Mahalo piha no ke kako’o ‘ana HOʻŌLA 2019 a ke Kula ʻAlo Kēhau o Ka ʻĀina Mauna
Hānauna Ola tribute in honor of our ʻOhana Waʻa.
What is Hānauna Ola?
Hānauna Ola | Sustaining the Generations through Voyaging
Hānauna : Generation; relative whose relationship was established several generations previously; ancestry, birth.
Ola : Life, health, well-being
He Waʻa, He Moku – He Moku, He Waʻa
A Canoe is an Island – An Island is a Canoe
Sonny Keakealani • Paniolo
Sonny Keakealani was inducted into the Paniolo Hall of Fame in 2005. Born and raised on Hawaiʻi island with genealogical ties dating back many generations. Papa Sonny will share about the relationship between the paniolo and the ʻohana waʻa. Papa Sonnyʻs father, Robert Lopaka Keakealani Sr., played an important role in the early days of Makaliʻiʻs history. Papa Sonny will also share the Hawaiian words for the different parts of the saddle and the waʻa, which, not surprisingly have many similarities.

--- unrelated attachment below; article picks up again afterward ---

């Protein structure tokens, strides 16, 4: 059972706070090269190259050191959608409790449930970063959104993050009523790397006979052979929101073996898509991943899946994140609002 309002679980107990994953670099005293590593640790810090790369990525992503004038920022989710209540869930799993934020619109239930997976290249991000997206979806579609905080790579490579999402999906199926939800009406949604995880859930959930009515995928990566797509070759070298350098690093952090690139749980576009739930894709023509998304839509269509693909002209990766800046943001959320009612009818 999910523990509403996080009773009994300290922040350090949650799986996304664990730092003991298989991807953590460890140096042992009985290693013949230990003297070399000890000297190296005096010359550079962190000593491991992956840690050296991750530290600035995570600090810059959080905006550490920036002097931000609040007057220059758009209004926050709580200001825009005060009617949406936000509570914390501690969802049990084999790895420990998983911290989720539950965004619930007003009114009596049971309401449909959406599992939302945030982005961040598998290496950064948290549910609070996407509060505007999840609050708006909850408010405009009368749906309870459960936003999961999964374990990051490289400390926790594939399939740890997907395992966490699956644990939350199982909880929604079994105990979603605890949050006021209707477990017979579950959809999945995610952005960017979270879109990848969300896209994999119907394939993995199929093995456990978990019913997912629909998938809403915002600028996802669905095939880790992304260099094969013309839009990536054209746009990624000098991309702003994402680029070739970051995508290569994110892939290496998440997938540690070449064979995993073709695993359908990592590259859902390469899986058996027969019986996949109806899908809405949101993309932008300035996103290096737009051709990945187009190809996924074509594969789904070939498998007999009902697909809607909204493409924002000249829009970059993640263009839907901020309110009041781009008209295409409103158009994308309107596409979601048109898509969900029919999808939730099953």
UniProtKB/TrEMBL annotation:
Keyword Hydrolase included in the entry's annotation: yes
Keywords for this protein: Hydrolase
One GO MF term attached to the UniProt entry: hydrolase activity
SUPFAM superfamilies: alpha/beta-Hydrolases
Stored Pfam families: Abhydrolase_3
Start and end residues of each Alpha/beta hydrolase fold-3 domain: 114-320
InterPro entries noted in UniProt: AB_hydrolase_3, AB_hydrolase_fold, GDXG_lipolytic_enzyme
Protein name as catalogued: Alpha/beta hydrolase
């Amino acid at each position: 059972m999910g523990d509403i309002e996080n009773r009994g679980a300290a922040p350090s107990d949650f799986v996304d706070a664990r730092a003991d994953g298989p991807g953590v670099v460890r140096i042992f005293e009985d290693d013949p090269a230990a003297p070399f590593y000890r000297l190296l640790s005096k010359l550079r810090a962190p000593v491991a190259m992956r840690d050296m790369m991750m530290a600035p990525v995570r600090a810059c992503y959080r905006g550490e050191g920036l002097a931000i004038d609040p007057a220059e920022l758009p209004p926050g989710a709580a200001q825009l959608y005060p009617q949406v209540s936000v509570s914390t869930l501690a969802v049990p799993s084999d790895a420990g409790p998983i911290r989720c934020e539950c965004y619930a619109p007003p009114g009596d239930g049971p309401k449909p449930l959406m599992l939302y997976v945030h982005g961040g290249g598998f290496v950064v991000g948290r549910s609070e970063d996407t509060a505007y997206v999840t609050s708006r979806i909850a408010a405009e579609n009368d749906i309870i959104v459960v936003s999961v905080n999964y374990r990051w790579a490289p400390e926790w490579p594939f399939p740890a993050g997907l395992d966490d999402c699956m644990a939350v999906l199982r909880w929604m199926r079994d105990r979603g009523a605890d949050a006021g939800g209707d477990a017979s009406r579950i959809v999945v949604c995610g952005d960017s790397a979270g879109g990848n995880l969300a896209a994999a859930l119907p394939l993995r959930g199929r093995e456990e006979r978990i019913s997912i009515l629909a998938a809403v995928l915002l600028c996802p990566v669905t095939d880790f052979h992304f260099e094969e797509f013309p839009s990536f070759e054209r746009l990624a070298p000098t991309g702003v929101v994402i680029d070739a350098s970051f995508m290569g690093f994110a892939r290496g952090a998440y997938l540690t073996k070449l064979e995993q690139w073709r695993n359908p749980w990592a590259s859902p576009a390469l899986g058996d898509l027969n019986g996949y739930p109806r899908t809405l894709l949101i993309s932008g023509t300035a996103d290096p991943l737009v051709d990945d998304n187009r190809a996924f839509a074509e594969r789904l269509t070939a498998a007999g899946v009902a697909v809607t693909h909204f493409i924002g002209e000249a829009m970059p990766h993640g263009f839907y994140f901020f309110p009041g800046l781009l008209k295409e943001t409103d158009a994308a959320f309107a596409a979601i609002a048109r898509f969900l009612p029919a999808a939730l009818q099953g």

Kawehilani Kahanaoi • Pilina Kaula
Kawehi Kahanaoi of Keaukaha is a Hawaiian practitioner of cordage and has great reverence for the kupuna plants which, when taken care of and prepared with intention, are woven into beautiful cords for many uses including for lashing on the waʻa. Kawehi will share examples of the many cords which can be created with Hawaiian plants. Participants will have the opportunity to learn to twist cordage using the maiʻa (banana) plant.
Ka’iulani Murphy • Star Compass
Ka’iulani Murphy, of Waimea will share her insight to the ancestral knowledge shared by Papa Mau Pialiug with Hawaiʻiʻs Voyaging ʻOhana. Nainoa Thompson developed the Hawaiian Star Compass, a “foundational framework behind the master art of wayfinding”. This framework not only incorporates knowledge of the stars, but also the sun, wind, waves, and much more. Shorty Bertelmann, Chadd Paishon and Nainoa Thompson were among 16 of Hawaiʻiʻs voyagers who were recognized by Papa Mau as Pwo – Master Navigators. Following the vision of Papa Mau they continue to pass along this knowledge. Kaʻiulani Murphy, a Hōkūleʻa navigator, will share a brief introduction to this tool and her knowledge and experience of this “mental construct for navigation”